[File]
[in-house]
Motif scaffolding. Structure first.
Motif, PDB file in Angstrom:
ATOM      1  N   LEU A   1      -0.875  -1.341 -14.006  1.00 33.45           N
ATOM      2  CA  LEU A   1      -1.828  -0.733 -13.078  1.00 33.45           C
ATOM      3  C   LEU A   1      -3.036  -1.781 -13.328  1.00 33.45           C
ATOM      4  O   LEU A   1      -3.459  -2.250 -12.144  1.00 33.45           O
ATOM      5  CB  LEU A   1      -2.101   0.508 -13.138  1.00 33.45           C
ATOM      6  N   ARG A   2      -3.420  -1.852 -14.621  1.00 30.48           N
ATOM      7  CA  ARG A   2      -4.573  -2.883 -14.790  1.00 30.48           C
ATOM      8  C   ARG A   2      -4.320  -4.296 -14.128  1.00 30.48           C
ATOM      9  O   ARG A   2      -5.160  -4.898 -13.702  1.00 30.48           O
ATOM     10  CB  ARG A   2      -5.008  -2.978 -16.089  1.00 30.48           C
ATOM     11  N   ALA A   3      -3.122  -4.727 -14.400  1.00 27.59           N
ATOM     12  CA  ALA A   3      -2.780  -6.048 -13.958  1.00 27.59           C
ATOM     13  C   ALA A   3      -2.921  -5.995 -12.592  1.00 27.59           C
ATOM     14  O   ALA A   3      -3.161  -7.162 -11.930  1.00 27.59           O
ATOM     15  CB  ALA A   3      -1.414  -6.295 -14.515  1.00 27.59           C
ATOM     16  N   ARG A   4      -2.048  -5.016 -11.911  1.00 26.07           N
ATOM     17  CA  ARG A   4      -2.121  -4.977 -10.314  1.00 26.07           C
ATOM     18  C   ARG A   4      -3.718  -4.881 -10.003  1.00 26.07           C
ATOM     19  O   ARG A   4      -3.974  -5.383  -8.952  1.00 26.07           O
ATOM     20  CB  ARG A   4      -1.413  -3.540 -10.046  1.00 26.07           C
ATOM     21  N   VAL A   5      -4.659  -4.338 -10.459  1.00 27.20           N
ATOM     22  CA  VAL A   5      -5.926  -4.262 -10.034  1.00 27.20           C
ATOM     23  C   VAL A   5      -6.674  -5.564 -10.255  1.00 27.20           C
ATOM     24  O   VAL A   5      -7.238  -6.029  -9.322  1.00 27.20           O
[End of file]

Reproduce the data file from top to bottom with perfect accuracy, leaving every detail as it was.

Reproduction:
[in-house]
Motif scaffolding. Structure first.
Motif, PDB file in Angstrom:
ATOM      1  N   LEU A   1      -0.875  -1.341 -14.006  1.00 33.45           N
ATOM      2  CA  LEU A   1      -1.828  -0.733 -13.078  1.00 33.45           C
ATOM      3  C   LEU A   1      -3.036  -1.781 -13.328  1.00 33.45           C
ATOM      4  O   LEU A   1      -3.459  -2.250 -12.144  1.00 33.45           O
ATOM      5  CB  LEU A   1      -2.101   0.508 -13.138  1.00 33.45           C
ATOM      6  N   ARG A   2      -3.420  -1.852 -14.621  1.00 30.48           N
ATOM      7  CA  ARG A   2      -4.573  -2.883 -14.790  1.00 30.48           C
ATOM      8  C   ARG A   2      -4.320  -4.296 -14.128  1.00 30.48           C
ATOM      9  O   ARG A   2      -5.160  -4.898 -13.702  1.00 30.48           O
ATOM     10  CB  ARG A   2      -5.008  -2.978 -16.089  1.00 30.48           C
ATOM     11  N   ALA A   3      -3.122  -4.727 -14.400  1.00 27.59           N
ATOM     12  CA  ALA A   3      -2.780  -6.048 -13.958  1.00 27.59           C
ATOM     13  C   ALA A   3      -2.921  -5.995 -12.592  1.00 27.59           C
ATOM     14  O   ALA A   3      -3.161  -7.162 -11.930  1.00 27.59           O
ATOM     15  CB  ALA A   3      -1.414  -6.295 -14.515  1.00 27.59           C
ATOM     16  N   ARG A   4      -2.048  -5.016 -11.911  1.00 26.07           N
ATOM     17  CA  ARG A   4      -2.121  -4.977 -10.314  1.00 26.07           C
ATOM     18  C   ARG A   4      -3.718  -4.881 -10.003  1.00 26.07           C
ATOM     19  O   ARG A   4      -3.974  -5.383  -8.952  1.00 26.07           O
ATOM     20  CB  ARG A   4      -1.413  -3.540 -10.046  1.00 26.07           C
ATOM     21  N   VAL A   5      -4.659  -4.338 -10.459  1.00 27.20           N
ATOM     22  CA  VAL A   5      -5.926  -4.262 -10.034  1.00 27.20           C
ATOM     23  C   VAL A   5      -6.674  -5.564 -10.255  1.00 27.20           C
ATOM     24  O   VAL A   5      -7.238  -6.029  -9.322  1.00 27.20           O